1. First, examine the spreadsheet itself. Ensure the following:
    – The first row consists of headers (labels) for each column.
    -No blank rows or columns exist.
    -Ensure that each column of data is the same format (Number, Date, Text, currency, etc.)
    -Then format the range of cells you want to import as a table.
  2. Ensure that you have privileges to create lists.
  3. Click on Site Actions > More Options. Under “Filter By” on the left menu, click “List”. Scroll down & find “Import Spreadsheet” icon in the big middle menu pane, then click Create.
  4. Type a Name, and Description.
  5. Click “Browse…”, browse to the file, select it, then click “Import”.
  6. Excel opens, you may see it blinking in the task bar. select it, and you see the “Import to Windows SharePoint Services List”.
  7. for “Range Type”, leave as “Table Range”.
  8. In the drop-down for “Select Range”, and you should see the “sheet 1 table 1” that you created before. Click Import.

To see the entire video, http://office.microsoft.com/en-us/sharepoint-server-help/sharepoint-lists-iii-create-a-list-based-on-a-spreadsheet-RZ101874356.aspx?section=4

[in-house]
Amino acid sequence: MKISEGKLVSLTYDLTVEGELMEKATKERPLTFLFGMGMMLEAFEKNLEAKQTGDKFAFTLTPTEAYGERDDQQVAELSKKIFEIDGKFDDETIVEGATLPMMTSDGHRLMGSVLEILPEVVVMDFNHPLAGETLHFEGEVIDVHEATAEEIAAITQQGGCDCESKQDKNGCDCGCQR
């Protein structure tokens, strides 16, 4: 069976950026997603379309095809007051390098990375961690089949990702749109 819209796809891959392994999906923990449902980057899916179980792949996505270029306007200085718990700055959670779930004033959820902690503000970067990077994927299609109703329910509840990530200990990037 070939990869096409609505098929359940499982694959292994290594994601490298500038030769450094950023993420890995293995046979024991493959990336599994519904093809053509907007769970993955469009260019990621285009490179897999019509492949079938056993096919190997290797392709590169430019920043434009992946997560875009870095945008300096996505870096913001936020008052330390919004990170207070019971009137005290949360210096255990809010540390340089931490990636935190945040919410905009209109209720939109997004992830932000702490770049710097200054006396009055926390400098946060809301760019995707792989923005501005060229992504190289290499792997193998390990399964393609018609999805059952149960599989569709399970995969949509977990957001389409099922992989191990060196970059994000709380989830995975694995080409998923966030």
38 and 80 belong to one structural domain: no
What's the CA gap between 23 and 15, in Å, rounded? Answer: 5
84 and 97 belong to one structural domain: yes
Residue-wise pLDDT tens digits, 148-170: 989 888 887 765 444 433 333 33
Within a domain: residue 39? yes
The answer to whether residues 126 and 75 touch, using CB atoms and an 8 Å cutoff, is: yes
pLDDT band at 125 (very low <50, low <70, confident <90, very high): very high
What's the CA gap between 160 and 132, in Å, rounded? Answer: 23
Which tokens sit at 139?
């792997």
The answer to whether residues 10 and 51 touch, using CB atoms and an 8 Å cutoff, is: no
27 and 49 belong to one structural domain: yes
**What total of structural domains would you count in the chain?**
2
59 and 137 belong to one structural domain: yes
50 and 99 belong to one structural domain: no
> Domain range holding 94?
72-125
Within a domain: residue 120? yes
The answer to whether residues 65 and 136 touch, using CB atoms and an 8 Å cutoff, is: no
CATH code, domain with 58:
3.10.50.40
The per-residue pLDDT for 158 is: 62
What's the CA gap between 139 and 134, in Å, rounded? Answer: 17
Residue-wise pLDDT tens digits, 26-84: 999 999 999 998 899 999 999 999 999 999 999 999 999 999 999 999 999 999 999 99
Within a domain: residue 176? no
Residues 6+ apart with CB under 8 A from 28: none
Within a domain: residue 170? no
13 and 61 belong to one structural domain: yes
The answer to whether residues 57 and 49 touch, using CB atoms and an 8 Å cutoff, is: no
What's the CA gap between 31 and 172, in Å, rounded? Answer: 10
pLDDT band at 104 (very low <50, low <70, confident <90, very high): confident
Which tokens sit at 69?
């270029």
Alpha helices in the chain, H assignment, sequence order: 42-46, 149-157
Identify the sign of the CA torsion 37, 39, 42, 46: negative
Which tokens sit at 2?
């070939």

Leaving…

February 19th, 2010 by tungsai

eating my last breakfast for this tip. 3 weeks go by in a flash! didn’t get very good sleep last night as usual before a big flight. packing till 1am, mia waking crying as usual. stressed about not being able to pack everything as usual. but i’ve got my fried instant-heart-attack yummy fried elephant ear/egg type thingy and a cup of coffee so i’m happy for the moment.

hongie’s sister & mom just got here and we’re re-packing some crap in boxes that we forgot to pack before. throwing up random pics.

February 10th, 2010 by tungsai

Mia's New Friend

We went to visit Hongmei’s friend Zheng Qi, and her son Wang Chuan Yi. We had fun playing! For dinner we had Mongolian Lamb Meatballs, so yummy!! Mushrooms, Chinese-style tofu tortilla with pork & eggplant; little stir-fried fish, and corn with sweet syrup.

Videos

February 8th, 2010 by tungsai

Videos have been published to an FTP site.

If you are interested, E-mail me.

Day 6

February 8th, 2010 by tungsai

Day 6. It’s been impossible to keep up with the blog. Pretty much the past few days have been jam-packed with activity, and little time to sit down to devote to writing. Right now, though, Mia’s getting ready to take a nap, so there’s nothing to do except hang around the apartment.

Going back and doing a day-by-day “What we did” is too difficult now… it’s all run together already, and we’ve only been here six days. I’m just going to write about things in general so far anyway.

So- Today, we’re at Hongmei’s Sister, Hongyen’s, apartment. She is married with one daughter, Bao Xi, age 9. They live in a small town north of Tianjin. It took about an hour to drive up here from Hongmei’s Aunt’s apartment. It’s a lot more luxurious here! We have an actual sit-down toilet, more rooms for privacy, and a marble-tiled floor.